What is CinemaEQ on Kenwood VR-509?

Discussion in 'Archived Threads 2001-2004' started by Eric Stewart, Nov 7, 2002.

  1. Eric Stewart

    Eric Stewart Stunt Coordinator

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    My Kenwood VR-509 A/V receiver has a CinemaEQ mode. When I turn it on, the sound is noticeably different--for one thing, it is louder. But why? What does CinemaEQ do? What is its intended purpose? How does it work? The user's manual gives no appreciable information on this. Can anyone help?
     
  2. Marty Neudel

    Marty Neudel Stunt Coordinator

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    Eric,

    I'm not familiar with the Kenwood receiver; but, I suspect that their CinemaEQ is a variation on THX Cinema Re-equalization. This feature was included in the THX protocol because many soundtracks were being transferred to video with the exaggerated high end required to propogate those sounds throughout a large theater. Cinema Re-equalization basically cuts the treble and thus re-equalizes the sound to a normal curve for home audio.

    However, I have no idea why the treated track should sound louder on your reciever. Perhaps someone specifially familiar with that model will step in and lend a hand.

    Marty
     
  3. Albert M

    Albert M Stunt Coordinator

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    www.kenwoodusa.com
    Cinema EQ: enhances bass response for films and smoothes the blend between front speakers and subwoofer.
     
  4. Eric Stewart

    Eric Stewart Stunt Coordinator

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    Well, it looks from the Kenwood USA web site as if Cinema EQ is not actually responsible for cutting unnaturally bright treble, as Marty Neudel thought, in view of the fact that "many soundtracks were being transferred to video with the exaggerated high end required to propogate those sounds throughout a large theater." It is thus not "a variation on THX Cinema Re-equalization." Rather, Kenwood offered that function, calling it THX Front-Channel Re-Equalization, in the THX Select feature on its no-longer-made VR-510 receiver (see http://www.kenwoodusa.com/group_info...oductTypeId=55 for a description of THX Select). The THX Select feature is now on the Kenwood VR-5080 and VR-6070 receivers, and the more powerful THX Ultra certification is on the more expensive VR-5700.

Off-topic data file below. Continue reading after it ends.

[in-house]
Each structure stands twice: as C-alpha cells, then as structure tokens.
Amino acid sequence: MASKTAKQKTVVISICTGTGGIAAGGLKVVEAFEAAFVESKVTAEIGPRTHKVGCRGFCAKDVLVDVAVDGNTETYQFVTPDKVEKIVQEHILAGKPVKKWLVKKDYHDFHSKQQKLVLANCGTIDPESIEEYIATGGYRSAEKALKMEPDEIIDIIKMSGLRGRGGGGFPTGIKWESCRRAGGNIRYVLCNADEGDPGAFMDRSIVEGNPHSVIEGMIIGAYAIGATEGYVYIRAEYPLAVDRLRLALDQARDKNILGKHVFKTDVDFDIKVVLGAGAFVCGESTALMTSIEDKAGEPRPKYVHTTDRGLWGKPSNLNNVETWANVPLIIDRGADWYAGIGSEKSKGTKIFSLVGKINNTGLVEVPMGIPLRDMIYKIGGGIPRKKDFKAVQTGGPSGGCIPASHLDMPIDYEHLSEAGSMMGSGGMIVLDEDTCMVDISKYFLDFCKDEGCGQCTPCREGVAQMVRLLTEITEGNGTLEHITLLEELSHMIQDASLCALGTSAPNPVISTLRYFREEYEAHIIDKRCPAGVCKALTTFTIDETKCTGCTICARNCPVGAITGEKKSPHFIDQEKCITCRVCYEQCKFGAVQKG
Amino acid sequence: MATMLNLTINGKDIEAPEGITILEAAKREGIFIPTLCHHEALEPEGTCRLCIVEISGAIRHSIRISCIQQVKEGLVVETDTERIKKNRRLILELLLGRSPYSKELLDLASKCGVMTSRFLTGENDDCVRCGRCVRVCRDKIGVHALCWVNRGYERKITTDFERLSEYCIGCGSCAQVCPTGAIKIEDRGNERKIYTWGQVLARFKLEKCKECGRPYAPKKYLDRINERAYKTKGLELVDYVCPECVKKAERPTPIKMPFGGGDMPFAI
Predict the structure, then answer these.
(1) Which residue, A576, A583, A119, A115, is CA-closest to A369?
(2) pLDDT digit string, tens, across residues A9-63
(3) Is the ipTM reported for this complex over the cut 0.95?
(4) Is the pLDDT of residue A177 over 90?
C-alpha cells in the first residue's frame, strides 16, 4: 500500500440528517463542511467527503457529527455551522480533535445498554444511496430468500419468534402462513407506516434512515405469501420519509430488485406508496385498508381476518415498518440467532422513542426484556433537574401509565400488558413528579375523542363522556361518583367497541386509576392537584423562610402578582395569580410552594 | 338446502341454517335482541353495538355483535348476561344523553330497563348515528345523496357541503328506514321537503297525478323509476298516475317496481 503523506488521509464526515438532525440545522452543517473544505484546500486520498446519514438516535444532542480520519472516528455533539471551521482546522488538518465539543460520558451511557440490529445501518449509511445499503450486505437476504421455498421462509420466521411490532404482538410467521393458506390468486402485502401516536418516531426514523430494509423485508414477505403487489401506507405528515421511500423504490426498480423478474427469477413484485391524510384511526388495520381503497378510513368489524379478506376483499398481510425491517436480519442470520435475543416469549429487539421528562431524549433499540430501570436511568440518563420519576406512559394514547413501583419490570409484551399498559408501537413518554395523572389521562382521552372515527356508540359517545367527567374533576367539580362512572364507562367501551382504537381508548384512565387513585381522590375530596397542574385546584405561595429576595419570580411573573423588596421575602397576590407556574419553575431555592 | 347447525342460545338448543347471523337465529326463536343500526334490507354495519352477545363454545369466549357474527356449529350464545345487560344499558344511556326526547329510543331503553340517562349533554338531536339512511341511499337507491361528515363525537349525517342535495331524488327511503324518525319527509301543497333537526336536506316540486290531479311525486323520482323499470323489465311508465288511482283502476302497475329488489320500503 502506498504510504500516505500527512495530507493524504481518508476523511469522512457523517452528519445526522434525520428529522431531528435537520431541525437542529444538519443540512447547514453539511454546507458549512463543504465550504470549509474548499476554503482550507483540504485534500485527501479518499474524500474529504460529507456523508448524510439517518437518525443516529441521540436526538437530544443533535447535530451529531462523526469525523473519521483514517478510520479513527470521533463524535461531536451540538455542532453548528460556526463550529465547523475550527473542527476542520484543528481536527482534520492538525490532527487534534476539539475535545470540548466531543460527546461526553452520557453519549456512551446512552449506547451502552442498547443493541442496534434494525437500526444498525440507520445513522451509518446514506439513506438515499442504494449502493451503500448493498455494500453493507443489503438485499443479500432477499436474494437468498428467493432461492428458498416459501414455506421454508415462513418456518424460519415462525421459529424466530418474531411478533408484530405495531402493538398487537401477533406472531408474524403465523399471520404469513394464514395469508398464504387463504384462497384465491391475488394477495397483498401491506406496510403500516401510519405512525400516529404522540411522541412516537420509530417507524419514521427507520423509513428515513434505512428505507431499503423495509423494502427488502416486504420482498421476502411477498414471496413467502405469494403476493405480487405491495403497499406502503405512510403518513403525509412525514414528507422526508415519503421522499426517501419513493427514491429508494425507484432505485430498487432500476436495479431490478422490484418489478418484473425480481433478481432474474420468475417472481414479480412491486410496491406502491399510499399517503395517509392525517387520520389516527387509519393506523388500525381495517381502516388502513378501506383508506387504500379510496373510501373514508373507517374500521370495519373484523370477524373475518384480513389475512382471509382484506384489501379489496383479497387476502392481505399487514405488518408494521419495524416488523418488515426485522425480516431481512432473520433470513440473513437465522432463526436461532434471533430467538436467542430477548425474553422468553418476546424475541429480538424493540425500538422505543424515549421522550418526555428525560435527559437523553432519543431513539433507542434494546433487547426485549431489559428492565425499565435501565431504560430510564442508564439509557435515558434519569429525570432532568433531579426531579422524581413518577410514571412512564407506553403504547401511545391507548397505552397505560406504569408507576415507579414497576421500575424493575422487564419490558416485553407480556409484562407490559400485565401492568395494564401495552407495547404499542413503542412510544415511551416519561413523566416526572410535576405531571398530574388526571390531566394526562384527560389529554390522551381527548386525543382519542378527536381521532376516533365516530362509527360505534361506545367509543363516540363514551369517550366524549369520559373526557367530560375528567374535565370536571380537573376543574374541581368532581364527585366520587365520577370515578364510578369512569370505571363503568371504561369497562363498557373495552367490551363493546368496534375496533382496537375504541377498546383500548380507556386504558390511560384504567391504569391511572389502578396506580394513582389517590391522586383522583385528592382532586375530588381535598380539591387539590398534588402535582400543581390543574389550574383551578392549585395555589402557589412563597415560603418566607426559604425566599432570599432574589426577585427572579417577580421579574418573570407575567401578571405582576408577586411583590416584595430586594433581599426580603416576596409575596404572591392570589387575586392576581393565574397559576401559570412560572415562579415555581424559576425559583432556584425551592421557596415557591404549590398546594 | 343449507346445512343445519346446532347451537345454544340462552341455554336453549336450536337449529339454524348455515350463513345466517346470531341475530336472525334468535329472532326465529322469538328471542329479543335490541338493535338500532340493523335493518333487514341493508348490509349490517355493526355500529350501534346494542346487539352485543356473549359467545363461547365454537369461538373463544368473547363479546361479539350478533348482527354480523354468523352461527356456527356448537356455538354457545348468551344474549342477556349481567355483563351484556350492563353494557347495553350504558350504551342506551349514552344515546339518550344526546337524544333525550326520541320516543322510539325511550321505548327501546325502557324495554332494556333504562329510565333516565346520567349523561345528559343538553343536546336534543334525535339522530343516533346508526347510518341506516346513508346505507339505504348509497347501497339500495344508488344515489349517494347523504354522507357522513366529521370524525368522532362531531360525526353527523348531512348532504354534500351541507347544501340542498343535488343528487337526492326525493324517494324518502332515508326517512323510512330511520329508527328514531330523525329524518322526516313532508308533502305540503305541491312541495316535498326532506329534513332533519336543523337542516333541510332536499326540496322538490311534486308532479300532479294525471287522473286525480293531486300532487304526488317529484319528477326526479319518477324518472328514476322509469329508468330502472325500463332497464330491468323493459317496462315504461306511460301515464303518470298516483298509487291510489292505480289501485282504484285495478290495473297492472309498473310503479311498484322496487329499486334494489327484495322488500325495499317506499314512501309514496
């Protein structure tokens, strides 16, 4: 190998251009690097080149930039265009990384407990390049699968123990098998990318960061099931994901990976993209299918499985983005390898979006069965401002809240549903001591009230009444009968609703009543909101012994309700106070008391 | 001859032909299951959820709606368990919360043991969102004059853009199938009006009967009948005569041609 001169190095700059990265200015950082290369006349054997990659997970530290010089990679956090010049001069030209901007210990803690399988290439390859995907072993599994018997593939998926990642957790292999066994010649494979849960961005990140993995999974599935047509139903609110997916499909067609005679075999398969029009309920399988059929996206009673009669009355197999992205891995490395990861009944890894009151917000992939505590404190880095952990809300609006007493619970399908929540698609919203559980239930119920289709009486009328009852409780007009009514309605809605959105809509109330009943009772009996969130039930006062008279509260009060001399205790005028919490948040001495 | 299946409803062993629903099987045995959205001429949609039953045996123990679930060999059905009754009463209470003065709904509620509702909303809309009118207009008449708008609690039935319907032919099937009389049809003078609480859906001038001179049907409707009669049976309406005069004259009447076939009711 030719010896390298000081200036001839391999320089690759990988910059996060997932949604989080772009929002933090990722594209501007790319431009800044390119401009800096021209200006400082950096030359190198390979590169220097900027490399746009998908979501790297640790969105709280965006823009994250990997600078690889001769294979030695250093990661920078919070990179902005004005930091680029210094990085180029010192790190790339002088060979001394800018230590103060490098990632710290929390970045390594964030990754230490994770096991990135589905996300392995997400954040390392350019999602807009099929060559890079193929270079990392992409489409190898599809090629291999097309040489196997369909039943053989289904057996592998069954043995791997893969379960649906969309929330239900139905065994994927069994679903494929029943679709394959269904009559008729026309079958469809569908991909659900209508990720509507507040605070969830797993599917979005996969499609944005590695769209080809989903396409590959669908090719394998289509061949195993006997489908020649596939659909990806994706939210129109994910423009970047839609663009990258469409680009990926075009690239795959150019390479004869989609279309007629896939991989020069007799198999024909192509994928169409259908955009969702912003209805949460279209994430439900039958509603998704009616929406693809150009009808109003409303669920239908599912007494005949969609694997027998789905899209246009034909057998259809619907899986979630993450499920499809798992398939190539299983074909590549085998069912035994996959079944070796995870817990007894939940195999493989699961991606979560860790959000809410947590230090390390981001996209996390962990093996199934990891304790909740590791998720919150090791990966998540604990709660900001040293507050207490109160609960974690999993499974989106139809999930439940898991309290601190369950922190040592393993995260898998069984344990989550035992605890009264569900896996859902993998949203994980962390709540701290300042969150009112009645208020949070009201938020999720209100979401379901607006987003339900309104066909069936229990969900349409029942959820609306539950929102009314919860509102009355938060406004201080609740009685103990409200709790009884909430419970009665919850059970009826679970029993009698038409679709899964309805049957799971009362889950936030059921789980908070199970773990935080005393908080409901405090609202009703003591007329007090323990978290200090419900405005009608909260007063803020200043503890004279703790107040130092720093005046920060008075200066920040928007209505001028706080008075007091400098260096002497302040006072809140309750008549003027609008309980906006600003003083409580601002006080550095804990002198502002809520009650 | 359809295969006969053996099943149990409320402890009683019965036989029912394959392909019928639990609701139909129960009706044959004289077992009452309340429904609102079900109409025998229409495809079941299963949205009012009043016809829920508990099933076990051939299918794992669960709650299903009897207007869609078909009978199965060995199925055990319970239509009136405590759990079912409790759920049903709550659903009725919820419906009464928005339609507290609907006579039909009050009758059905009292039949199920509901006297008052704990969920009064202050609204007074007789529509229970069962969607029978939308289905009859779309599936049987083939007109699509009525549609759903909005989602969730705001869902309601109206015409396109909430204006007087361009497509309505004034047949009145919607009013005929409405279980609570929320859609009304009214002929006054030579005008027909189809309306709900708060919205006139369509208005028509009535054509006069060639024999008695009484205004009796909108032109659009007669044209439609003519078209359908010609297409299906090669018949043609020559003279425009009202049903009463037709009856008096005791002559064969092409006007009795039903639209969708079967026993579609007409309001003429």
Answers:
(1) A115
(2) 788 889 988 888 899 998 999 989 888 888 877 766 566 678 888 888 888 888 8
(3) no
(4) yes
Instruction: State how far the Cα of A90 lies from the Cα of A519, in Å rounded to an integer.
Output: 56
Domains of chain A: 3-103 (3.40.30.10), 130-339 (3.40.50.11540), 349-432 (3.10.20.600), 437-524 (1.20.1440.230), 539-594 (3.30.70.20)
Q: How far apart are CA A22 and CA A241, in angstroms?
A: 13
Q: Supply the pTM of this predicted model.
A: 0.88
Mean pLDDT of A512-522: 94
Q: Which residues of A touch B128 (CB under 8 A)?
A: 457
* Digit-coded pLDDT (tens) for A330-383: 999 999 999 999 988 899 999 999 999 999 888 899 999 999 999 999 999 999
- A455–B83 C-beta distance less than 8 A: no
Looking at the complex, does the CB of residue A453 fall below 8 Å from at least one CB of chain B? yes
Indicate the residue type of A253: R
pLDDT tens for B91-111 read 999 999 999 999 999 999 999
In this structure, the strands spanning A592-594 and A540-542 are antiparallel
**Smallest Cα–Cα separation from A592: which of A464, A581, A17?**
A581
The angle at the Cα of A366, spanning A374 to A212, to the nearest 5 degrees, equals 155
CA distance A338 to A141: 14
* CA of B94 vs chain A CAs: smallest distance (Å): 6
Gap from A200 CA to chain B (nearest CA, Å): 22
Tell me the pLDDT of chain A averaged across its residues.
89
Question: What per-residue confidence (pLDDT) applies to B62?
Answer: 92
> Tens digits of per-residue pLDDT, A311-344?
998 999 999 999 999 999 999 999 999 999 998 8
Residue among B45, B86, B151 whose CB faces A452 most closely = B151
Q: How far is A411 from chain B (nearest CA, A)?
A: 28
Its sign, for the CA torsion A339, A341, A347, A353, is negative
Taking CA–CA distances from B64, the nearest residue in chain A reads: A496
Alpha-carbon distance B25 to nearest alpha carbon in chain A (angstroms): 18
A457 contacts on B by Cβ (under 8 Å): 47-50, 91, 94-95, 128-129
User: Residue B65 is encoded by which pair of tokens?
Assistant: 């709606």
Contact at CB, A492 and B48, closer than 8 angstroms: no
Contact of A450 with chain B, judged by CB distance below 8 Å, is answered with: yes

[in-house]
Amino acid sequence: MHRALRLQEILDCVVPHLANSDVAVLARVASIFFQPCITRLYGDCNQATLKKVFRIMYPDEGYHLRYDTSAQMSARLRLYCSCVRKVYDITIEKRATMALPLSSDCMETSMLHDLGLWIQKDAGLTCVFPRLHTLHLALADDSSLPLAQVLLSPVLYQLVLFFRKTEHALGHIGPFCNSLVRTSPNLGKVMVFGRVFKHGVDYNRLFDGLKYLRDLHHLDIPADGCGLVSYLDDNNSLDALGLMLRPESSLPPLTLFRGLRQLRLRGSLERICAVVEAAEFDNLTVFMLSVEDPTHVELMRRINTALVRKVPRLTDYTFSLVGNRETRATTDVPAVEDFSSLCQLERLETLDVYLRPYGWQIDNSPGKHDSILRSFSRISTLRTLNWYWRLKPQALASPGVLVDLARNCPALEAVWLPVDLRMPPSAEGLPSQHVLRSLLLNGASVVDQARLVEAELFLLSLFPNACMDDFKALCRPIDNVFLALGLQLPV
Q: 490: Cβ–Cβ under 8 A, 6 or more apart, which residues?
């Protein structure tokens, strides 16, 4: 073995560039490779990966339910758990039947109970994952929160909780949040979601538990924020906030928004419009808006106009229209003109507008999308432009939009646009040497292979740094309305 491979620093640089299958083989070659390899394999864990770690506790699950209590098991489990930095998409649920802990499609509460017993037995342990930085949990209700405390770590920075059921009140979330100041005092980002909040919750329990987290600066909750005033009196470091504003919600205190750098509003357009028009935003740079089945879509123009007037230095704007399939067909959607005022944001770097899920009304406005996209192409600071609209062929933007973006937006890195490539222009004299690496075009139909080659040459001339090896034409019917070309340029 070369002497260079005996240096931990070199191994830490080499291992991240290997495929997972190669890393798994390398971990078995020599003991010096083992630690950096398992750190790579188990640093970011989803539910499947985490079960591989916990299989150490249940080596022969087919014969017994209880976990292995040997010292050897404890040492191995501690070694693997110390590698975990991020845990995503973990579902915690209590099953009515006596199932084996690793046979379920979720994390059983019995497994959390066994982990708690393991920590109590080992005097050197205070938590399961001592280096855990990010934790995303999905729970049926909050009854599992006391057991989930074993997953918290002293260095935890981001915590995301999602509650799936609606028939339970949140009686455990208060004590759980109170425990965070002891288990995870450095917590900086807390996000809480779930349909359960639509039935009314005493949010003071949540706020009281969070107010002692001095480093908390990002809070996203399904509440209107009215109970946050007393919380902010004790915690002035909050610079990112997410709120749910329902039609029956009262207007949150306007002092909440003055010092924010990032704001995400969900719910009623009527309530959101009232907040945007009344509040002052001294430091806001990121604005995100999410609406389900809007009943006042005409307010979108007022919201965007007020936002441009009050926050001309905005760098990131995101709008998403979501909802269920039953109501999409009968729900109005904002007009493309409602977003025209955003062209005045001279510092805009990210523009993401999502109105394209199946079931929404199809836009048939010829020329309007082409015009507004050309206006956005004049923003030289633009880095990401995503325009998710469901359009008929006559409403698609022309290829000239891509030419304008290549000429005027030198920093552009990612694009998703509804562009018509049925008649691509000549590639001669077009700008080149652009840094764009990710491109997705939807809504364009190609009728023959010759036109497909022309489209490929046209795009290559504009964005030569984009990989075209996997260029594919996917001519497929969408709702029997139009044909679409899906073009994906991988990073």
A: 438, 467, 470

The Cinema EQ feature is, as Albert M said, something that "enhances bass response for films and smoothes [sic] the blend between front speakers and subwoofer." This is confirmed by the glossary at http://www.kenwoodusa.com/support/glossary.jsp?ra=a.
    Also, I found this at http://www.kenwoodusa.com/lounge/art...ssReleaseId=50: "Using a variety of equalization and filter techniques, Cinema EQ overcomes the low-frequency limitations that plague all small speakers and cause a mis-match between the speakers and subwoofer in the upper bass/lower midrange. Cinema EQ yields smoother, more accurate response, which will be particularly noticeable on male voices." It specificially describes Kenwood's model-year-2002 packaged home theater systems, not their receivers, but I assume Cinema EQ is the same for both.
    In short, I gather that Kenwood's Cinema EQ is designed to ease problems with mismatched crossover frequencies between subwoofers and "small" front speakers with little or no bass capability.
    It is too bad Kenwood chose this confusing name, Cinema EQ, which is exactly the name Denon uses for its generic equivalent to THX Re-Equalization, meant (as Marty Neudel implied) to reduce over-bright treble. Here is what Denon says about it in its PDF for the AVR-1403 receiver:
     
  5. Chuck Kent

    Chuck Kent Supporting Actor

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    Eric: You've got it. The Kenwood circuit is essentially a bass boost. Nothing at all like everyone else's version of Cinema Eq...
     
  6. Greg Kolinski

    Greg Kolinski Second Unit

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    [​IMG] wouldnt it be nice if all these manufacturers spoke the same"language",I still can barely decifer the manual for the HK520 I purchased.
     

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